The West

During the past week, the hot and dry pattern continued across most of the West with record-breaking high temperatures reported from Phoenix to Boise during the weekend. In the Southwest, the monsoon has been off to a slow start overall. Since the beginning of the month, storm activity has been spotty across portions of Arizona, Nevada, and New Mexico yielding limited precipitation amounts and elevating fire risk with dry lightning and high wind gusts. In central Arizona, a new area of Moderate Drought (D1) was added to the map in Yavapai County where short-term dryness and surface water flows are well below normal on the Agua Fria and Verde rivers. In central Utah, an area of Moderate Drought (D1) was introduced in response to below normal precipitation during the past 90 days as well as low streamflows on the Sevier River and below normal reservoir storage levels at the Sevier Bridge Reservoir (36% of average). Areas of Abnormally Dry (D0) were expanded across southwestern Utah in response to short-term dryness, dry vegetation, and pockets of below normal soil moisture. In western Colorado, short-term precipitation deficits and dry soils led to expansion of areas of Abnormally Dry (D0). In California, despite having a very wet winter, the USDA is reporting the extent of topsoil moisture rated very short to short at 70% with subsoil moisture very short to short at 75%…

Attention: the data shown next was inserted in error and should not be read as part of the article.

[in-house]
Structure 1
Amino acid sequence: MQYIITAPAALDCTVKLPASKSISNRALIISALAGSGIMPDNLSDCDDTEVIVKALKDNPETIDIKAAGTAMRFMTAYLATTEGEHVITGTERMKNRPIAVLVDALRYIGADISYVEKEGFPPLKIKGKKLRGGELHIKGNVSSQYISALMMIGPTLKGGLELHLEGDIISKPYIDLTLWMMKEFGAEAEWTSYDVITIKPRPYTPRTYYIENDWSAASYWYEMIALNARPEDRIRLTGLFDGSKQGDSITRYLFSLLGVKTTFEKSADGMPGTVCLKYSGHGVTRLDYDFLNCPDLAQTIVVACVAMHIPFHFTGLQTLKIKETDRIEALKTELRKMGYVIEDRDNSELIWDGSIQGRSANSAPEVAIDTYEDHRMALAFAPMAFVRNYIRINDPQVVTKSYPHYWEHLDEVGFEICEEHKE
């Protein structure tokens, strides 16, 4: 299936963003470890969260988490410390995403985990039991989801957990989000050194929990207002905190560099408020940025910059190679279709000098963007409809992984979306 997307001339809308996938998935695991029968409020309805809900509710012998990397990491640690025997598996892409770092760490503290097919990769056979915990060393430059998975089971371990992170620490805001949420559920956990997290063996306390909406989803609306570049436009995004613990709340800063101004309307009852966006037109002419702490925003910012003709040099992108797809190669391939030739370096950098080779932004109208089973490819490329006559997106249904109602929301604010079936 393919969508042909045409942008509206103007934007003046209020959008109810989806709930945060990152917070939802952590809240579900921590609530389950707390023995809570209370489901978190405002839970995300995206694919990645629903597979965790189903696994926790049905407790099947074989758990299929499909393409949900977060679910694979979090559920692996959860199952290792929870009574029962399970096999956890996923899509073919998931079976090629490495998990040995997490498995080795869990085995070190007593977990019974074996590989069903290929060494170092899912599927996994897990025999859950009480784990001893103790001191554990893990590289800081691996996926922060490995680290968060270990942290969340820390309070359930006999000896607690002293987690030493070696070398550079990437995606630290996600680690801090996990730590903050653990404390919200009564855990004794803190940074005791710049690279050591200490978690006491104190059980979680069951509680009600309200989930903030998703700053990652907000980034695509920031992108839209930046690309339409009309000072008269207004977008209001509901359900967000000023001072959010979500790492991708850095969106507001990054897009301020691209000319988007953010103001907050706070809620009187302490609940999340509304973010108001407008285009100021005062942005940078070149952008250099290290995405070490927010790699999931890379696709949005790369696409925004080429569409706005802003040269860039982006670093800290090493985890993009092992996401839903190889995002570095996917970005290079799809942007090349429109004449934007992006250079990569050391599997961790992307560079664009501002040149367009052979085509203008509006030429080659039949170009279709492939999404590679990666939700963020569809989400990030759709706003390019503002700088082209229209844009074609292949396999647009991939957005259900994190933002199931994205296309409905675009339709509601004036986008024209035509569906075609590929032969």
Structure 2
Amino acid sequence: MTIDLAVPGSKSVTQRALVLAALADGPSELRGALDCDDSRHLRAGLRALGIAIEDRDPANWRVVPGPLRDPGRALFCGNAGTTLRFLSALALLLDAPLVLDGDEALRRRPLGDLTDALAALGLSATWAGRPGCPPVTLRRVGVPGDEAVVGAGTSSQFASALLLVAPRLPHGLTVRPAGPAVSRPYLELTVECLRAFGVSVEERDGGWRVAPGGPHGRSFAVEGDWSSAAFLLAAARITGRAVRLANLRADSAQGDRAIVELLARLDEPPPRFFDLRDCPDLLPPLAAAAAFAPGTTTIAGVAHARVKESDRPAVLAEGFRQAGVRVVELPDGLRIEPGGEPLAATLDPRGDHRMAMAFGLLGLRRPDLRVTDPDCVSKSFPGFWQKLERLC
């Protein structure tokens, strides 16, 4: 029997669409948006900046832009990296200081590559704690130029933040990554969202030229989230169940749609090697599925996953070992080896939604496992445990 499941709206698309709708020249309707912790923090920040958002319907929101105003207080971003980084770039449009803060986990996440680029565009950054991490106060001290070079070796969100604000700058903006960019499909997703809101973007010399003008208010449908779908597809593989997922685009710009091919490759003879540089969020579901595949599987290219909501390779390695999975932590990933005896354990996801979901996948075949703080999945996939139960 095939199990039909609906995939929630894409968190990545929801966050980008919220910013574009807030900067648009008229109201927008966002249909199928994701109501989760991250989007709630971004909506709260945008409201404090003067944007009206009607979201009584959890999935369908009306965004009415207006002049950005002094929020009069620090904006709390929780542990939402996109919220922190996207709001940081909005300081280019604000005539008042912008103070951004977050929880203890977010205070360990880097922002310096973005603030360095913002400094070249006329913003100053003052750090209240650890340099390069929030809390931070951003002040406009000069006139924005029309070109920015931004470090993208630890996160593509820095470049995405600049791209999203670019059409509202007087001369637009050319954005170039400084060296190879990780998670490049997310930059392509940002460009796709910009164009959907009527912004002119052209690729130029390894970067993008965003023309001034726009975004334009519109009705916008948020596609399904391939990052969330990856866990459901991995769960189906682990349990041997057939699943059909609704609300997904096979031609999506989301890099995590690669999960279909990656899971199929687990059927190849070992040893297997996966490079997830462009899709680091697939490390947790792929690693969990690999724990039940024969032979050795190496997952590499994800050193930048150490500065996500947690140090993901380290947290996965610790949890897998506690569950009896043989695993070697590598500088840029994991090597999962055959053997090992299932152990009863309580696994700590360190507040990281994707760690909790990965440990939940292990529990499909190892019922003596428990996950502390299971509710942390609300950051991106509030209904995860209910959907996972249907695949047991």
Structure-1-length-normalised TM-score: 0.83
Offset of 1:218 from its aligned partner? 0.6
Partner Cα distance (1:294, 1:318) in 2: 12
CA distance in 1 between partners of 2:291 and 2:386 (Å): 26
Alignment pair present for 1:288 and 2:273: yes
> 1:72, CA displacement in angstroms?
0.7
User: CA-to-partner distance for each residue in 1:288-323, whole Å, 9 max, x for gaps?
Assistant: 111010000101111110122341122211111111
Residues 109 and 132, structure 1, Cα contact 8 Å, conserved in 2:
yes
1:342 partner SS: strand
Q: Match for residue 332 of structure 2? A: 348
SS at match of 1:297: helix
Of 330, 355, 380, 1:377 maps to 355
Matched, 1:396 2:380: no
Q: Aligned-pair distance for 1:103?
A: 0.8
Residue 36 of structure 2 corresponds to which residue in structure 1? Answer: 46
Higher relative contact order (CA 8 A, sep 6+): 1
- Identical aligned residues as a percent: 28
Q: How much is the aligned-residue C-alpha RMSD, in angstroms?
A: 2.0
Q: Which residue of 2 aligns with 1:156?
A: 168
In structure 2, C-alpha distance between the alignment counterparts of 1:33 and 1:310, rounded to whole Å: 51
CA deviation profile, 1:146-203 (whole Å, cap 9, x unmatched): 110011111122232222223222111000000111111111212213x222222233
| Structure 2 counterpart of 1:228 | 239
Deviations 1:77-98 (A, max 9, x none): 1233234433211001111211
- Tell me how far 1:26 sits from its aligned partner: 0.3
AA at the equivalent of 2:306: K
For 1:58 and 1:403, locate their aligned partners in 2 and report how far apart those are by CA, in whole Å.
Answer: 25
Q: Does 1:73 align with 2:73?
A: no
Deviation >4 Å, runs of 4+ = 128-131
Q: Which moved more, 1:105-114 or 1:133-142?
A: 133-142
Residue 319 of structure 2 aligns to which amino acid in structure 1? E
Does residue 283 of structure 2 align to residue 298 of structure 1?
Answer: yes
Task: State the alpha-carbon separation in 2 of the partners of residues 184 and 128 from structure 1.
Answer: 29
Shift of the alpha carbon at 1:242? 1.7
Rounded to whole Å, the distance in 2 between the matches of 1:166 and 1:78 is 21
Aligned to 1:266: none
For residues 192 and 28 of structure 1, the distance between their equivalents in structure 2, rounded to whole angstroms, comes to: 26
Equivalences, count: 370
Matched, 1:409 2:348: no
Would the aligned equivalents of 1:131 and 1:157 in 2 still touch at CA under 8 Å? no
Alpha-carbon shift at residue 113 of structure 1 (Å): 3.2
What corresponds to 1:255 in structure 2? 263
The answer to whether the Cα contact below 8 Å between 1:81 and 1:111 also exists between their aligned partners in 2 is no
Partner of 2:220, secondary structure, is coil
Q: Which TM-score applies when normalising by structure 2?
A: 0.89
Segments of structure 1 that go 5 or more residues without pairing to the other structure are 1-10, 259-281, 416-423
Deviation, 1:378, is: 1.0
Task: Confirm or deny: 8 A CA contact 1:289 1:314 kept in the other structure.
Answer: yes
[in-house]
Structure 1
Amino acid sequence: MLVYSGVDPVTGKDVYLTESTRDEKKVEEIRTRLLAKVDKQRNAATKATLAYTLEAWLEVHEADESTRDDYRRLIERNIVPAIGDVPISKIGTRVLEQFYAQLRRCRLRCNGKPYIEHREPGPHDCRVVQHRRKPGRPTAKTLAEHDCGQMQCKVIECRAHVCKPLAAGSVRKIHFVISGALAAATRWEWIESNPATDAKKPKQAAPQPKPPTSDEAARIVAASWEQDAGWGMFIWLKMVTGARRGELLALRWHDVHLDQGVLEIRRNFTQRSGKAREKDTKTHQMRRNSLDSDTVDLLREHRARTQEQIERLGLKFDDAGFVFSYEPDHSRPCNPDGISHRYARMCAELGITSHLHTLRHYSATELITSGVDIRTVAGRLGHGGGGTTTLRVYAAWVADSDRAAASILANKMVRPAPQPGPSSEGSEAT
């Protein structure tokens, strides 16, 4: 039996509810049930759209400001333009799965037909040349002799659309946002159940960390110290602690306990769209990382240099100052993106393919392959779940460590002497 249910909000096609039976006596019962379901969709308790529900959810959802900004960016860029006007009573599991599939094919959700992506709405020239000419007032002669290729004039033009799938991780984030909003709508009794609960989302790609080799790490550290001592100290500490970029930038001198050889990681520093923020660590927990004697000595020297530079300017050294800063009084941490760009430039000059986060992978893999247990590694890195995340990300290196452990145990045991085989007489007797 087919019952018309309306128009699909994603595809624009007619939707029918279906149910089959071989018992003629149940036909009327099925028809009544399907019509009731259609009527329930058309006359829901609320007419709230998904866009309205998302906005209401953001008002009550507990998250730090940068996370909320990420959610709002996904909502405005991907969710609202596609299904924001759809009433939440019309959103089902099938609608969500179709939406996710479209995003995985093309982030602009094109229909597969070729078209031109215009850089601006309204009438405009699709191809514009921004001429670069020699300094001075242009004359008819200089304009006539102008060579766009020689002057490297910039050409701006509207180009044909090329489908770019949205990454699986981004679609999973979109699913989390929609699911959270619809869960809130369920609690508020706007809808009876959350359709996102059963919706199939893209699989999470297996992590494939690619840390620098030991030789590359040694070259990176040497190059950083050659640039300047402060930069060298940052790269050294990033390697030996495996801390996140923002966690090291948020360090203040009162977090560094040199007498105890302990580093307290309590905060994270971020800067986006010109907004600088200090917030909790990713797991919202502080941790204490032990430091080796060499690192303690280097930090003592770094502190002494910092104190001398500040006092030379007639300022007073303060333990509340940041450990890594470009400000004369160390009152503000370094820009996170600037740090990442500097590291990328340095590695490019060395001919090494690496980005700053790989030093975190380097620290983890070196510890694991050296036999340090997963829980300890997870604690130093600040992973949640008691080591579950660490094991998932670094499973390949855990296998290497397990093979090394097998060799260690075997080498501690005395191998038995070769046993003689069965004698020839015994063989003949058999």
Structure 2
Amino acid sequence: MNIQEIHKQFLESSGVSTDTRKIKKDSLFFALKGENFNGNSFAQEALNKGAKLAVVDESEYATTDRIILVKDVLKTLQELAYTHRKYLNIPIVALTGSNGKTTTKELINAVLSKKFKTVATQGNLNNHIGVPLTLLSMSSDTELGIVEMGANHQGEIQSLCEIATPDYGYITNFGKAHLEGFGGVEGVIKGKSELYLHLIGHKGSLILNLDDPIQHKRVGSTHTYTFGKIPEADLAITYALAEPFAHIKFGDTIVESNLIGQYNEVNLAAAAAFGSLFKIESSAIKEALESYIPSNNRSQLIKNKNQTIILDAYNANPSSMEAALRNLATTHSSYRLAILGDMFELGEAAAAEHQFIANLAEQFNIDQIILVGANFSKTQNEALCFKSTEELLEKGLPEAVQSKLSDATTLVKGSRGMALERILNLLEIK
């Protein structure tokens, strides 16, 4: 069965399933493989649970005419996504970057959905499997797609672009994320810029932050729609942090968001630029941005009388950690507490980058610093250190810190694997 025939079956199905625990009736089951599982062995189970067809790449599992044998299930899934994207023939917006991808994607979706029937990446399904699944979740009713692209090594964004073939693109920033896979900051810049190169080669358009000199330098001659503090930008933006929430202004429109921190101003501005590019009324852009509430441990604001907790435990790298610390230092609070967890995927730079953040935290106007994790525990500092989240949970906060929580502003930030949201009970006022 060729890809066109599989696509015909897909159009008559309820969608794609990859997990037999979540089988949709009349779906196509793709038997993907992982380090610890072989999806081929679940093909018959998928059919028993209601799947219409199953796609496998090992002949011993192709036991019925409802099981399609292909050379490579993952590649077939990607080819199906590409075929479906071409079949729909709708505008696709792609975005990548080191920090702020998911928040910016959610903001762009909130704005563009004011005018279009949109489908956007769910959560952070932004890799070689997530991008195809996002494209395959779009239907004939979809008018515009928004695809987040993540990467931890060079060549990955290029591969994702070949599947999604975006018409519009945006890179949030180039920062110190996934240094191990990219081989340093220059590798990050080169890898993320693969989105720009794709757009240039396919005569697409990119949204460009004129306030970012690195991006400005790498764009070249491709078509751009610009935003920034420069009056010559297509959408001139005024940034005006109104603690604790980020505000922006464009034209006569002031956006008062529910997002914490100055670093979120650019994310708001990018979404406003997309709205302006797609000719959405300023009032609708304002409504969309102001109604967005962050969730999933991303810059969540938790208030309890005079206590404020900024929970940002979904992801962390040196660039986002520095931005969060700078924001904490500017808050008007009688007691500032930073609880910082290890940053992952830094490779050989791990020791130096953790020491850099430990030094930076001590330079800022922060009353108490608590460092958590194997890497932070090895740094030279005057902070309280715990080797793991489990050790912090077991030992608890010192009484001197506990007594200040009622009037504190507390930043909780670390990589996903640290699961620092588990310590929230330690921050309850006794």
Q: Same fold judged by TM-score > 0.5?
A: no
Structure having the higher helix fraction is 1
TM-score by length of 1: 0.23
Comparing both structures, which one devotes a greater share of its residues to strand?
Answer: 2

Looking Ahead

The NWS WPC 7-Day Quantitative Precipitation Forecast (QPF) calls for moderate precipitation accumulations (1 to 3 inches) across portions of the Southwest and Central Rockies as monsoonal moisture is expected to return while the remainder of the West will continue in a dry pattern. Much of the Eastern tier of the conterminous U.S. is expected to receive accumulations ranging 1 to 3 inches with the heaviest accumulations forecasted for south Florida, eastern portions of the Carolinas, and southern New England. In the Midwest, widespread accumulations of 1 to 2.5 inches are expected across eastern and northern portions of the region. The CPC 6–10 day outlooks call for a high probability of above-normal temperatures across the northern half of the conterminous U.S., Gulf Coast, and California. Below normal temperatures are expected in southeastern Arizona, northern Texas, Oklahoma, and Arkansas. Below-normal precipitation is forecast for the Pacific Northwest, central Plains, Midwest, Mid-Atlantic, and Northeast while there is a high probability of above-normal precipitation across the Southeast, South, Southwest, Great Basin, and Intermountain West.